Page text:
(September 27, 1936 – February 1, 2012)
For the last couple of months I have been catching reruns of old Soul Train episodes on Bounce TV. Just the other night I was watching one from 1993 and laughing like crazy because it seemed like everybody who were guest performers on the show did New Jack Swing and all the dancers were dressed like New Yorkers and Londoners, and did the hottest dances of the time. Then today, I get the sad news that the beloved man, Don Cornelius, the mastermind behind this pioneering show that lasted for more than 4 decades signed off. Today, Soul Train is the longest running television series in the history of television.
As I try to type this, the words are sort of hard to come by, because I grew up on this show. To eagerly wait Saturday afternoons for the show to air to hear the infamous SOOOOOOOOUUUUUUUUL TRAIN as the train came chugging down the tracks and then the fabulous and cool Don C giving his classic intro to let you know that it was time to boogie. The memories of the scramble board, the style, trivia and more importantly, the history of our people and culture that continued to help give us a sense of pride. Let's not forget the long list of our favorite artists that spanned various genres who, in most cases lip synced their own tunes, with the coaching of Mr. Cornelius.
The climax of the show was the even more infamous SOUL TRAIN LINE. A genius idea that swept the country and maybe even the world. It was the chance for dancers on the show to display their best moves. And for those who watched, it could double as a source of comedy and to learn the latest dance crazes. Latter episodes has all the women and men together in their own separate lines. Earlier episodes contained the classic style that's still practiced today where the ladies are on one side of the line, while the men are on the other, and a single man and woman would come down in pairs to do it til they're satisfied.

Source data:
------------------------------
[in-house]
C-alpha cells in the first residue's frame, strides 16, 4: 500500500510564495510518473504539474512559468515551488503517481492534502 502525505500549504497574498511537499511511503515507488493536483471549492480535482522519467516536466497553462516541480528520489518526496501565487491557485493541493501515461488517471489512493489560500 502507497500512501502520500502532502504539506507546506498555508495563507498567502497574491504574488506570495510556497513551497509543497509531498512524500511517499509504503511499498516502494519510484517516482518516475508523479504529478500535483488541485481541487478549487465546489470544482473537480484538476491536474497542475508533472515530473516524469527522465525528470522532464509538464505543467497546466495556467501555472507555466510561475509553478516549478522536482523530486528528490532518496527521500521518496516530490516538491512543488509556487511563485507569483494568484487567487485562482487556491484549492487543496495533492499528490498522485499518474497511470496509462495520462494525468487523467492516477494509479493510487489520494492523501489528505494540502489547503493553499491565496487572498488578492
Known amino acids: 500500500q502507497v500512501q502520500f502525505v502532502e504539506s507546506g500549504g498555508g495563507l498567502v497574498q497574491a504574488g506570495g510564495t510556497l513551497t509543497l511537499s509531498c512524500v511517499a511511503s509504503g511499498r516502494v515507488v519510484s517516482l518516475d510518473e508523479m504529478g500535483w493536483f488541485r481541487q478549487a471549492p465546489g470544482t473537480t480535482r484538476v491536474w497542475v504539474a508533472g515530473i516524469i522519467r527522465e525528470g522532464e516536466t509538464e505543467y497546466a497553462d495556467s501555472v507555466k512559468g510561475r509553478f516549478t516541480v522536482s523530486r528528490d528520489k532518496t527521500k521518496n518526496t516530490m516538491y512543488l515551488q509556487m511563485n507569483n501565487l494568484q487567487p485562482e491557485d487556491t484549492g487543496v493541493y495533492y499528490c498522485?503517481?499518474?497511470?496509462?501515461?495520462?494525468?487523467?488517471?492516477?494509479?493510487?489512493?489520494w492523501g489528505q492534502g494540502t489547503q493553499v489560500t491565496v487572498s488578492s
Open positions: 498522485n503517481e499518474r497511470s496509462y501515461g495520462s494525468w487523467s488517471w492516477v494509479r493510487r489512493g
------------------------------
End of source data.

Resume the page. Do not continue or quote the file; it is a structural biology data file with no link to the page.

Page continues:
The video below is one of the episodes with Mr. Cornelius interviewing Mary Wilson of The Supremes. After the interview, they both get together and cut a rug after she mentions that she wanted to get her shot at joining the line on the show. I never knew that Don danced in the line and could actually get down.
As always, the closing of the show was as classic as it gets. The well wishing catchphrase to everyone in ear-shot, that also at this point can be used as his farewell;
"And you can bet your last money, it's all gonna be a stone gas, honey! I'm Don Cornelius, and as always in parting, we wish you love, peace and soul!"